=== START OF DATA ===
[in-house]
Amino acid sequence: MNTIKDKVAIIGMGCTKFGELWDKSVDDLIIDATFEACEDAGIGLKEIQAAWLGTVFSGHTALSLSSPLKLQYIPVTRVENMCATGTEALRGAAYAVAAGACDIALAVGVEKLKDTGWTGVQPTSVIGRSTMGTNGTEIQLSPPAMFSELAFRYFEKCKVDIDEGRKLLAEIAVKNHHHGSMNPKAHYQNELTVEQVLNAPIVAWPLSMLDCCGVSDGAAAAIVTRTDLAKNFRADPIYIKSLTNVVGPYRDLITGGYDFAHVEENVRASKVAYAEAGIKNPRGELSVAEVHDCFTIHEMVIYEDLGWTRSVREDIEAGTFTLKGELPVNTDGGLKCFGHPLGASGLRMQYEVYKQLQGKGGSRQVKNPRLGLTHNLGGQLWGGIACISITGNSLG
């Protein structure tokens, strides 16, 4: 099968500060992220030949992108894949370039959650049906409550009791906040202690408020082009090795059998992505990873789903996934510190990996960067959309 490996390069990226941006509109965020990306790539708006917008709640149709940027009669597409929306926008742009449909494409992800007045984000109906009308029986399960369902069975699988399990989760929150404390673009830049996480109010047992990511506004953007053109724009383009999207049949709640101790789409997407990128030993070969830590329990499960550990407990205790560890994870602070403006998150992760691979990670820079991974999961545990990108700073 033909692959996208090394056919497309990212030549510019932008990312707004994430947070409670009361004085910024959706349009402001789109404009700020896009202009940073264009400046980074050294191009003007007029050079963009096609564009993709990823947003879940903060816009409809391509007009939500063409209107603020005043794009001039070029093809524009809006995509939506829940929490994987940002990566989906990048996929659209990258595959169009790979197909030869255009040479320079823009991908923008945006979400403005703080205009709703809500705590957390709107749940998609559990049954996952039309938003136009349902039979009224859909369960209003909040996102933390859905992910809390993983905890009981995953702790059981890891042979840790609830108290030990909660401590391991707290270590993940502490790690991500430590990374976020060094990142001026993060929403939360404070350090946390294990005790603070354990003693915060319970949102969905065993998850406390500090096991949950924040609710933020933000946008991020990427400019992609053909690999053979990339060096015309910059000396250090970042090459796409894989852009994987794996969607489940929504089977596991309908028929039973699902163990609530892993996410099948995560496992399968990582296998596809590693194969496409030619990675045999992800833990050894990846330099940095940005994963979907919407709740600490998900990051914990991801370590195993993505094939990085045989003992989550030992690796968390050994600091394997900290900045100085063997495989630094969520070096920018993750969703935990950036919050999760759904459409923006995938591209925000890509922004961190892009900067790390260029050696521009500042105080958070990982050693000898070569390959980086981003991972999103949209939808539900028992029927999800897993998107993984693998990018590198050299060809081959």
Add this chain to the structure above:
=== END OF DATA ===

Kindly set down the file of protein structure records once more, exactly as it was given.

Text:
[in-house]
Amino acid sequence: MNTIKDKVAIIGMGCTKFGELWDKSVDDLIIDATFEACEDAGIGLKEIQAAWLGTVFSGHTALSLSSPLKLQYIPVTRVENMCATGTEALRGAAYAVAAGACDIALAVGVEKLKDTGWTGVQPTSVIGRSTMGTNGTEIQLSPPAMFSELAFRYFEKCKVDIDEGRKLLAEIAVKNHHHGSMNPKAHYQNELTVEQVLNAPIVAWPLSMLDCCGVSDGAAAAIVTRTDLAKNFRADPIYIKSLTNVVGPYRDLITGGYDFAHVEENVRASKVAYAEAGIKNPRGELSVAEVHDCFTIHEMVIYEDLGWTRSVREDIEAGTFTLKGELPVNTDGGLKCFGHPLGASGLRMQYEVYKQLQGKGGSRQVKNPRLGLTHNLGGQLWGGIACISITGNSLG
């Protein structure tokens, strides 16, 4: 099968500060992220030949992108894949370039959650049906409550009791906040202690408020082009090795059998992505990873789903996934510190990996960067959309 490996390069990226941006509109965020990306790539708006917008709640149709940027009669597409929306926008742009449909494409992800007045984000109906009308029986399960369902069975699988399990989760929150404390673009830049996480109010047992990511506004953007053109724009383009999207049949709640101790789409997407990128030993070969830590329990499960550990407990205790560890994870602070403006998150992760691979990670820079991974999961545990990108700073 033909692959996208090394056919497309990212030549510019932008990312707004994430947070409670009361004085910024959706349009402001789109404009700020896009202009940073264009400046980074050294191009003007007029050079963009096609564009993709990823947003879940903060816009409809391509007009939500063409209107603020005043794009001039070029093809524009809006995509939506829940929490994987940002990566989906990048996929659209990258595959169009790979197909030869255009040479320079823009991908923008945006979400403005703080205009709703809500705590957390709107749940998609559990049954996952039309938003136009349902039979009224859909369960209003909040996102933390859905992910809390993983905890009981995953702790059981890891042979840790609830108290030990909660401590391991707290270590993940502490790690991500430590990374976020060094990142001026993060929403939360404070350090946390294990005790603070354990003693915060319970949102969905065993998850406390500090096991949950924040609710933020933000946008991020990427400019992609053909690999053979990339060096015309910059000396250090970042090459796409894989852009994987794996969607489940929504089977596991309908028929039973699902163990609530892993996410099948995560496992399968990582296998596809590693194969496409030619990675045999992800833990050894990846330099940095940005994963979907919407709740600490998900990051914990991801370590195993993505094939990085045989003992989550030992690796968390050994600091394997900290900045100085063997495989630094969520070096920018993750969703935990950036919050999760759904459409923006995938591209925000890509922004961190892009900067790390260029050696521009500042105080958070990982050693000898070569390959980086981003991972999103949209939808539900028992029927999800897993998107993984693998990018590198050299060809081959």
Add this chain to the structure above: